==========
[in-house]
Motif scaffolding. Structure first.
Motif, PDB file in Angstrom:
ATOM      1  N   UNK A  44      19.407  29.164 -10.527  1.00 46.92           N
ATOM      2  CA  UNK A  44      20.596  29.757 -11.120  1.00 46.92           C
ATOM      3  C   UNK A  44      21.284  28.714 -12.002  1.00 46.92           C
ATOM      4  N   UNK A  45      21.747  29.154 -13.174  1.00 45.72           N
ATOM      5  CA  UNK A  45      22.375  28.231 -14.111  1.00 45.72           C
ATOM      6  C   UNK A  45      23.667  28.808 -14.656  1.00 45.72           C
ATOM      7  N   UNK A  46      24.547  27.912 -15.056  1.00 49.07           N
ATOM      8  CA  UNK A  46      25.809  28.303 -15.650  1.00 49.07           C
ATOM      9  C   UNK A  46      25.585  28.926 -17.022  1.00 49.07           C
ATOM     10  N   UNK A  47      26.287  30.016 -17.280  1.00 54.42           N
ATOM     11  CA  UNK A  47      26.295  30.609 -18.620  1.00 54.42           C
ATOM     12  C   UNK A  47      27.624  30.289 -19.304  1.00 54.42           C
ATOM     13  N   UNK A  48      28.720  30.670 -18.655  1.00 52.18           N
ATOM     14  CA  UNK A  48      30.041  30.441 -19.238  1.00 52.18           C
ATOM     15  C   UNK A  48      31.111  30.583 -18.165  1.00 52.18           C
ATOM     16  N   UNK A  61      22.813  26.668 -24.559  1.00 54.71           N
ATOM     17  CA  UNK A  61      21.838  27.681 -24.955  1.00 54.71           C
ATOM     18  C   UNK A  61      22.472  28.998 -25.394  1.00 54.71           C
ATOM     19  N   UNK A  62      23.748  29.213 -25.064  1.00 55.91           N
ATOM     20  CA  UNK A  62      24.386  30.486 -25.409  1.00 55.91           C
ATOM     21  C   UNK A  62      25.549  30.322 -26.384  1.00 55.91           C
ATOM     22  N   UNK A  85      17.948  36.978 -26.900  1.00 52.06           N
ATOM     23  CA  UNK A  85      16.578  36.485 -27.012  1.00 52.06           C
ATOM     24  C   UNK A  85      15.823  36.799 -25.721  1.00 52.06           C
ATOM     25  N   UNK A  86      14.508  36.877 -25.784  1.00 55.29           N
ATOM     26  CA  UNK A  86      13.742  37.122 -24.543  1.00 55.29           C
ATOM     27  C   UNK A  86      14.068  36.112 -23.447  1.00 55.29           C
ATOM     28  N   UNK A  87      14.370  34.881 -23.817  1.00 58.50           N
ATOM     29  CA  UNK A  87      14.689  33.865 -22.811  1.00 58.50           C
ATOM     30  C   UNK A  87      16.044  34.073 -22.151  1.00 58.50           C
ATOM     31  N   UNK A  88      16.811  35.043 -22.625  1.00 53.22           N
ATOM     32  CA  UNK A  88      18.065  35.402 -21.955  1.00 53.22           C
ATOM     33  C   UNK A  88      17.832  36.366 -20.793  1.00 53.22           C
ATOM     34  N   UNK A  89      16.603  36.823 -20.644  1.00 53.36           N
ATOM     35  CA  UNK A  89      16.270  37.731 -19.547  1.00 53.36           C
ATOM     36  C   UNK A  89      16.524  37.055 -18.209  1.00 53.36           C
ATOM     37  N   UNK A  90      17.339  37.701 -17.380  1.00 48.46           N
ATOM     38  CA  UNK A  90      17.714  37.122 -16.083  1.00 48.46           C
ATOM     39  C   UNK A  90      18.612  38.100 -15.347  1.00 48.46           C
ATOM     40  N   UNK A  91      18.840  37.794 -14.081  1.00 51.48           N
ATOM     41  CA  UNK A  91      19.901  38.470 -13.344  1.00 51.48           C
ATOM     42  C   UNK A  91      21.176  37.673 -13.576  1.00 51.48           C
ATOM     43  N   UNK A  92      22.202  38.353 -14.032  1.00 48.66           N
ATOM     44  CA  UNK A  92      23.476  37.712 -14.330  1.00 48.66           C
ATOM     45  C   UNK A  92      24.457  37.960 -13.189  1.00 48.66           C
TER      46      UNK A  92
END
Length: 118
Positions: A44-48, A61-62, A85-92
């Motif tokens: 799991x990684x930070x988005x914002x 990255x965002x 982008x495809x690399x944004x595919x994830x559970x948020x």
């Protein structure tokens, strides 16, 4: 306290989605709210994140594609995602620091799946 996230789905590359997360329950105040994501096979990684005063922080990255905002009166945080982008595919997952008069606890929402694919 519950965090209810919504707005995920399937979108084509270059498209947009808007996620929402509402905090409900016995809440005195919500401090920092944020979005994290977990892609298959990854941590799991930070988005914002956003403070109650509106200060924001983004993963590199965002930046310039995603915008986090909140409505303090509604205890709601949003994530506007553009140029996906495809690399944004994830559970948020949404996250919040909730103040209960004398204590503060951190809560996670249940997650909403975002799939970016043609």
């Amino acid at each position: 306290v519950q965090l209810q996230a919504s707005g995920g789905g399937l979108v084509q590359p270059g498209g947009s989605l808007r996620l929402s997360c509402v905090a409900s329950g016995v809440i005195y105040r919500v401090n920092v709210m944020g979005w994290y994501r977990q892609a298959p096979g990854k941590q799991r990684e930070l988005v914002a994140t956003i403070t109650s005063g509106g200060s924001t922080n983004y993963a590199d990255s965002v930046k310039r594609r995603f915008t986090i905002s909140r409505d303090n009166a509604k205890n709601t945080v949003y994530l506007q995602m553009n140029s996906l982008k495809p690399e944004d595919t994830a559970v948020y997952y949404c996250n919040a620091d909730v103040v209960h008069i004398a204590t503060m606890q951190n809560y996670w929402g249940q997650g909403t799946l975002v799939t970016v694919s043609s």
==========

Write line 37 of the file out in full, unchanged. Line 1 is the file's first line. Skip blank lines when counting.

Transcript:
ATOM     34  N   UNK A  89      16.603  36.823 -20.644  1.00 53.36           N